• Topical medicated pads: pads impregnated with anticholinergic medications for use in the armpits
  • Botox (botulinum toxin): approved in the U.S. by the Food and Drug Administration (FDA) for treating excessive axillary sweating
  • Microwave destruction: a device destroys the sweat glands, purportedly causing minimal damage to other tissues
  • Surgery: paraspinal sympathectomy, or interruption of certain nerve pathways, as a last resort
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Aluminum chloride hexahydrate

When regular antiperspirants fail, doctors often recommend aluminum chloride hexahydrate (Drysol, various generics), a prescription-strength version of aluminum chloride. It is applied just before bedtime seven to 10 nights in a row, then roughly once a week as a maintenance medication. The aluminum salts in this preparation collect in the sweat ducts of the patient and block them. Over time, the excessive perspiration may diminish to such an extent that no further treatment is needed. This method works well for many patients with underarm sweating, but it’s not satisfactory for those with clammy palms and sweating of the soles of the feet.

The main side effect of aluminum chloride is irritation, which can sometimes be overcome by reducing the frequency of use or applying anti-inflammatory medications.

Iontophoresis

Iontophoresis was introduced over 50 years ago to treat excessive sweating. Its exact mechanism of action is still unclear. The procedure uses water to conduct an electric current to the skin, which combats the production of sweat. The current is applied typically for 10-20 minutes per session, initially with two to three sessions per week followed by a maintenance program of treatments at one- to three-week intervals, depending on the patient’s response. Iontophoresis treatments sound painful but are not.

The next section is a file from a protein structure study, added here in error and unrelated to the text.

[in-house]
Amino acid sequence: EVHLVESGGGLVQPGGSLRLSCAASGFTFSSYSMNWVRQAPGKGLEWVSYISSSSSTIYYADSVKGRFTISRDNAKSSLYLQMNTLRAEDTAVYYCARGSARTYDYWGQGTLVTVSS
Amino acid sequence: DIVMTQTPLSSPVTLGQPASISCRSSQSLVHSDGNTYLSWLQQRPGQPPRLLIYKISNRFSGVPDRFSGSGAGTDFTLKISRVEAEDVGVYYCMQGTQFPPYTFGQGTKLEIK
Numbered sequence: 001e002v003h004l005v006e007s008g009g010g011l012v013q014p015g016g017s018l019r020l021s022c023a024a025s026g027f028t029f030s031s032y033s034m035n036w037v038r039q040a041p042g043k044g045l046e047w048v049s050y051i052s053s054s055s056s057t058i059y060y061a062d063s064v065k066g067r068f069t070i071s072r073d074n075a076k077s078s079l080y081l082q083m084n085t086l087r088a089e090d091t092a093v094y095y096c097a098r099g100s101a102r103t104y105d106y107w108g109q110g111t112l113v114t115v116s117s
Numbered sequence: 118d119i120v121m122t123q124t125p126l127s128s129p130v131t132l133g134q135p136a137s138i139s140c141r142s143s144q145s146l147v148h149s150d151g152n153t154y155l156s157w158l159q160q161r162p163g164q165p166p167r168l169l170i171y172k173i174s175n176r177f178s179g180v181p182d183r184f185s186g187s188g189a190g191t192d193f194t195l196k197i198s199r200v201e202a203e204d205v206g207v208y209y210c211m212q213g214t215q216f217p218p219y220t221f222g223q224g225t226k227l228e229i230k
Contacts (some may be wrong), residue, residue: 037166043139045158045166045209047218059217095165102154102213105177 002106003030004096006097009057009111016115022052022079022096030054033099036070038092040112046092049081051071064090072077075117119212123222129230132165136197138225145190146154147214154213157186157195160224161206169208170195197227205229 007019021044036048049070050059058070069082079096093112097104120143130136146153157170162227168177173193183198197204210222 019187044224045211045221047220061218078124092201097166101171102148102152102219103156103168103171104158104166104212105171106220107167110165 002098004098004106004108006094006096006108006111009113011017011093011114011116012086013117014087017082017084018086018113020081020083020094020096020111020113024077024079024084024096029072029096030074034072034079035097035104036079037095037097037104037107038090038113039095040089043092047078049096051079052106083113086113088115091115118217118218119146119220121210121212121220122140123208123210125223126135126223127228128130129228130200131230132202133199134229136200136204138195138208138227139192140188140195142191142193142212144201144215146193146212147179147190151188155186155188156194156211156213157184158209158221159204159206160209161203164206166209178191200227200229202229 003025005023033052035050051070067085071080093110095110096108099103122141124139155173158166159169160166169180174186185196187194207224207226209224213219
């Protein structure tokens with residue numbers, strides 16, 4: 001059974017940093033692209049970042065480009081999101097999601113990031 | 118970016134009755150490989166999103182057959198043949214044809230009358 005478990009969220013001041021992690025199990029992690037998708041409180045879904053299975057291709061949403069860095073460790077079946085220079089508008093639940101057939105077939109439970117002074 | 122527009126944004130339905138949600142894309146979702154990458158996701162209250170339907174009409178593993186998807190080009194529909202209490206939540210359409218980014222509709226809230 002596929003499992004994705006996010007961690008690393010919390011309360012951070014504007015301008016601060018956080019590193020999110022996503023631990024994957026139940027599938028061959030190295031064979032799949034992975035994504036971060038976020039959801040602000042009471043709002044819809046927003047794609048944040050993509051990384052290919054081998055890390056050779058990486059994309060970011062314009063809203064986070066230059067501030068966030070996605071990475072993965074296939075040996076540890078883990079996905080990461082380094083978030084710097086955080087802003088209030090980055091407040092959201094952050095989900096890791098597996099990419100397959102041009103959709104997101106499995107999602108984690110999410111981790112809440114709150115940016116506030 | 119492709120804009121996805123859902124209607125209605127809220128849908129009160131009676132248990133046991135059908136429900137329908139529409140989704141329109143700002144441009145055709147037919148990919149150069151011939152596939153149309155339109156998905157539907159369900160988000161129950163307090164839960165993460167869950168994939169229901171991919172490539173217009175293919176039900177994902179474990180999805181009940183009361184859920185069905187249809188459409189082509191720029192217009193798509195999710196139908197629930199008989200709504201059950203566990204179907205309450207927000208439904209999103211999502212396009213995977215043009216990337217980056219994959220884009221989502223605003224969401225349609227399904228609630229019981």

Patients purchase devices for this treatment through a doctor’s prescription. Three iontophoresis devices are registered with and cleared by the U.S. FDA; the treatment works best on palms and soles but can be adapted for use in the underarms. Medical insurers sometimes cover the cost.

Oral medicines

Oral anticholinergic drugs can be quite effective for this condition, but they can produce side effects like dry mouth, insomnia, and blurred vision. The dosage should be titrated carefully.

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Topical anticholinergic pads

A new treatment using glycopyrronium tosylate-impregnated gauze pads has received approval for the treatment of armpit hyperhidrosis.

Botox

Botulinum toxin (Botox), a muscle poison used in medicine for various conditions, including excessive underarm sweating. Botox is injected into the tissues of the armpit or hand, inhibiting the release of acetylcholine, which activates sweat glands. This treatment can provide approximately six months of relief from sweating. The injections are uncomfortable, but the use of a very small needle minimizes discomfort.

Health insurers may provide coverage for Botox injections, but the treatment can be costly.

The FDA has not approved Botox for treating sweating of the palms and soles of the feet, though some physicians are administering it as an off-label use, with some success. Drawbacks of using this treatment for the palms and soles include pain and the potential for temporary muscle weakness.

Microwave, laser, and ultrasound destruction

New techniques using energy to destroy sweat glands while preserving other tissues. Currently, only the armpits seem to be appropriate treatment sites. Treatments occur in a doctor’s office and may have minor side effects like local swelling and irritation. Sweating seems to be significantly decreased for a time with these treatments. How these would be used in other areas aside from the armpits is not clear.